• Cataract and pterygium surgery results in Venezuelan patients treated in the Misión Milagro program Lessons from the Field

    Triana, Idalia; Socarrás, Oaris de los Ángeles; Rondón, Nelsis

    Abstract in English:

    An intervention to address vision loss was carried out in 2008 in Táchira, Venezuela, by health teams of the joint Cuban-Venezuelan initiative known as Misión Milagro. It included active case identification of patients with ophthalmologic conditions and, where warranted, surgery, followup, rehabilitation and medical discharge. From a universe of 345 patients aged >18 years with ophthalmologic conditions found, 210 were selected for cataract or pterygium surgery. Of cataract patients, 55.2% recovered optimal vision within three months after surgery, as did 90.9% of those with pterygium; frequency of complications was 15.4% in cataract patients and 41.7% in pterygium patients. The intervention was considered successful, although many patients' low-income status required premature postoperative return to their jobs and other labors, a factor considered detrimental to optimal recovery.
  • Changes needed in basic biomedical sciences teaching in Cuban medical schools Perspective

    Pernas, Marta; Arencibia, Lourdes G.; Garí, Mayra

    Abstract in English:

    In the 20th century, the basic biomedical sciences (particularly anatomy, histology, embryology, physiology and biochemistry) were taught predominantly in the first semesters of Cuban medical education, with differing curricular connections between these and the clinical sciences. Establishment of the University Polyclinic Program in 2004 laid the foundation for integration of basic biomedical sciences into a transdisciplinary unit designated morphophysiology. This paper argues for improvements in this curricular unit and in its coordination with family medicine in the first semesters of medical training, complemented by integration of basic biomedical sciences into family medicine clinical courses throughout the remainder of the six-year curriculum.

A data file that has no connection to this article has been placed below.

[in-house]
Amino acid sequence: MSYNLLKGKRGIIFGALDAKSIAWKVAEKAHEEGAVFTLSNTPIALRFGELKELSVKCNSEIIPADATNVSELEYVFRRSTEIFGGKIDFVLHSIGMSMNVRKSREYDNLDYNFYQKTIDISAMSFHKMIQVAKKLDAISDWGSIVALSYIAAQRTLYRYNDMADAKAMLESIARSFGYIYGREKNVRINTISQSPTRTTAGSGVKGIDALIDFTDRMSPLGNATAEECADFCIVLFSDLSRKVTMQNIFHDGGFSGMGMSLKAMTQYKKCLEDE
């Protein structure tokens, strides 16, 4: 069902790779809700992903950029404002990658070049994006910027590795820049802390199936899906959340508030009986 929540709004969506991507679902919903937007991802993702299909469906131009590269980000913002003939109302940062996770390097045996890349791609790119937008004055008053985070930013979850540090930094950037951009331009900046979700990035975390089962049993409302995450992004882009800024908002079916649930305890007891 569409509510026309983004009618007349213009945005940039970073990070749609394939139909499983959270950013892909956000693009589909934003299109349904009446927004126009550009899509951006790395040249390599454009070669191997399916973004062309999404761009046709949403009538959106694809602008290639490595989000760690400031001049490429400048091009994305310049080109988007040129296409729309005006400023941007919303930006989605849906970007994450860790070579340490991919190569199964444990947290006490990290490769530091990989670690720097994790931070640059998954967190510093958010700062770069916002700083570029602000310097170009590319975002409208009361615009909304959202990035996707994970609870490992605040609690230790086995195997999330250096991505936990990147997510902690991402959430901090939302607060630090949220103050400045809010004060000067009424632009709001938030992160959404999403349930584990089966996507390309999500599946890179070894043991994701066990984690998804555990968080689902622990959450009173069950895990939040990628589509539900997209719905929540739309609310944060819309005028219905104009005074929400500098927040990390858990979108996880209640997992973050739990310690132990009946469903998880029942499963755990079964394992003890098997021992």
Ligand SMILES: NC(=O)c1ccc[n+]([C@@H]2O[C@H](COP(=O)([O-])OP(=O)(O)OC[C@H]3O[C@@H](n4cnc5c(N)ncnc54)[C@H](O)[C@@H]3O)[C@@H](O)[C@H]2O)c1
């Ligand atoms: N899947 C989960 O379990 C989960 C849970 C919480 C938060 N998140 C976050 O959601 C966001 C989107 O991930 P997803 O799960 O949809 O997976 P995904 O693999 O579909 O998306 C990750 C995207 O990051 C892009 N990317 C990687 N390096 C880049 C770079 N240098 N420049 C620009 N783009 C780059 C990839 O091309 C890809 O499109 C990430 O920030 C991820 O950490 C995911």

• Contributions of bioethics to health sector leadership Perspective

    Hodelín, Ricardo; Fuentes, Damaris

    Abstract in English:

    Leadership is the perception or acceptance by members of a group of their superior's ability to inspire, influence and motivate them to meet their goals and contribute to the achievement of shared objectives. This article analyzes the characteristics of bioethics and the profile of the bioethicist in relation to the comprehensive development required of health leaders. We address this relationship in the areas of research and clinical practice; intersectoral activity; health sciences education; bioethicist's profile; and influence on organizational structures, functioning and decisionmaking, with particular reference to development and current situation of these aspects in Cuba.
  • Cuban research in current international journals Abstracts

  • Untitled document Erratum

  • The vocation to serve: cornerstone of health care Viewpoint

    González, Ricardo A.
Medical Education Cooperation with Cuba Oakland - California - United States
E-mail: editors@medicc.org